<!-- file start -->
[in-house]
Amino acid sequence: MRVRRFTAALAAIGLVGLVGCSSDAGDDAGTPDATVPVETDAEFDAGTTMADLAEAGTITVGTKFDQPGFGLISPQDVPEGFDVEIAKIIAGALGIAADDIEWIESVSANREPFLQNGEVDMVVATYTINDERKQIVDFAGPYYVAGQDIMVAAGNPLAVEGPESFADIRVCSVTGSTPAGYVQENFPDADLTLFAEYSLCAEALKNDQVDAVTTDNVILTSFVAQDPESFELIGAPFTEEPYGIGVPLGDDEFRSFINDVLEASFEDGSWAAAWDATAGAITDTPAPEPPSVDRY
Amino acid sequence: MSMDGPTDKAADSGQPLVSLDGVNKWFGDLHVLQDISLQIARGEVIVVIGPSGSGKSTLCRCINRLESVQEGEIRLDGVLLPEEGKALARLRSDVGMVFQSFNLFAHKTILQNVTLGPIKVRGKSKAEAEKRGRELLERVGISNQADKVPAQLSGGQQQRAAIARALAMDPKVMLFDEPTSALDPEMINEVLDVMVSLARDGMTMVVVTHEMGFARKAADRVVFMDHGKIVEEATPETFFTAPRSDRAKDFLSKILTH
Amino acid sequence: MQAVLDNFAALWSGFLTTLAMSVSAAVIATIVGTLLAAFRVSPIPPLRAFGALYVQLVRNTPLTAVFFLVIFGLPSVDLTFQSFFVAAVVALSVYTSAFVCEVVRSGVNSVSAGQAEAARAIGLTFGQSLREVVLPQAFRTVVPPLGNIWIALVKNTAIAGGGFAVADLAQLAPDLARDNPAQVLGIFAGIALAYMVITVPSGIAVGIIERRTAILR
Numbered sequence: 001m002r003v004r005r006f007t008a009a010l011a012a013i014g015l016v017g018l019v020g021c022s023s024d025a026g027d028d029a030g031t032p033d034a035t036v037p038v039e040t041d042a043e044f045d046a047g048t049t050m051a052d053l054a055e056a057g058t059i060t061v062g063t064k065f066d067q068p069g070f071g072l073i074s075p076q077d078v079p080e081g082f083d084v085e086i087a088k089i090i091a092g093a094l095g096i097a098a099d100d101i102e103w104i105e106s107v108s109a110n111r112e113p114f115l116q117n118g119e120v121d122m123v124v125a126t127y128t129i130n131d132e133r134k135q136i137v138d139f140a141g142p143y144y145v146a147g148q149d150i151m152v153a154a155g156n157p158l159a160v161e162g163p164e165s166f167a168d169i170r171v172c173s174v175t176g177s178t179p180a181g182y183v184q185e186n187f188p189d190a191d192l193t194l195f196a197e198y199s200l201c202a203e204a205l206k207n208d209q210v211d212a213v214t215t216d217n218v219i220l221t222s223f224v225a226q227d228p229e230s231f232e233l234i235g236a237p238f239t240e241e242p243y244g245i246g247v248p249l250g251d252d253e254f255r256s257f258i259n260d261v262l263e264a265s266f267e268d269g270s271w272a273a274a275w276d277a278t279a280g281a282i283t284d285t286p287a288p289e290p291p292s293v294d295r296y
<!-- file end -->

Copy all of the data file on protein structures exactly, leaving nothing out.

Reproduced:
[in-house]
Amino acid sequence: MRVRRFTAALAAIGLVGLVGCSSDAGDDAGTPDATVPVETDAEFDAGTTMADLAEAGTITVGTKFDQPGFGLISPQDVPEGFDVEIAKIIAGALGIAADDIEWIESVSANREPFLQNGEVDMVVATYTINDERKQIVDFAGPYYVAGQDIMVAAGNPLAVEGPESFADIRVCSVTGSTPAGYVQENFPDADLTLFAEYSLCAEALKNDQVDAVTTDNVILTSFVAQDPESFELIGAPFTEEPYGIGVPLGDDEFRSFINDVLEASFEDGSWAAAWDATAGAITDTPAPEPPSVDRY
Amino acid sequence: MSMDGPTDKAADSGQPLVSLDGVNKWFGDLHVLQDISLQIARGEVIVVIGPSGSGKSTLCRCINRLESVQEGEIRLDGVLLPEEGKALARLRSDVGMVFQSFNLFAHKTILQNVTLGPIKVRGKSKAEAEKRGRELLERVGISNQADKVPAQLSGGQQQRAAIARALAMDPKVMLFDEPTSALDPEMINEVLDVMVSLARDGMTMVVVTHEMGFARKAADRVVFMDHGKIVEEATPETFFTAPRSDRAKDFLSKILTH
Amino acid sequence: MQAVLDNFAALWSGFLTTLAMSVSAAVIATIVGTLLAAFRVSPIPPLRAFGALYVQLVRNTPLTAVFFLVIFGLPSVDLTFQSFFVAAVVALSVYTSAFVCEVVRSGVNSVSAGQAEAARAIGLTFGQSLREVVLPQAFRTVVPPLGNIWIALVKNTAIAGGGFAVADLAQLAPDLARDNPAQVLGIFAGIALAYMVITVPSGIAVGIIERRTAILR
Numbered sequence: 001m002r003v004r005r006f007t008a009a010l011a012a013i014g015l016v017g018l019v020g021c022s023s024d025a026g027d028d029a030g031t032p033d034a035t036v037p038v039e040t041d042a043e044f045d046a047g048t049t050m051a052d053l054a055e056a057g058t059i060t061v062g063t064k065f066d067q068p069g070f071g072l073i074s075p076q077d078v079p080e081g082f083d084v085e086i087a088k089i090i091a092g093a094l095g096i097a098a099d100d101i102e103w104i105e106s107v108s109a110n111r112e113p114f115l116q117n118g119e120v121d122m123v124v125a126t127y128t129i130n131d132e133r134k135q136i137v138d139f140a141g142p143y144y145v146a147g148q149d150i151m152v153a154a155g156n157p158l159a160v161e162g163p164e165s166f167a168d169i170r171v172c173s174v175t176g177s178t179p180a181g182y183v184q185e186n187f188p189d190a191d192l193t194l195f196a197e198y199s200l201c202a203e204a205l206k207n208d209q210v211d212a213v214t215t216d217n218v219i220l221t222s223f224v225a226q227d228p229e230s231f232e233l234i235g236a237p238f239t240e241e242p243y244g245i246g247v248p249l250g251d252d253e254f255r256s257f258i259n260d261v262l263e264a265s266f267e268d269g270s271w272a273a274a275w276d277a278t279a280g281a282i283t284d285t286p287a288p289e290p291p292s293v294d295r296y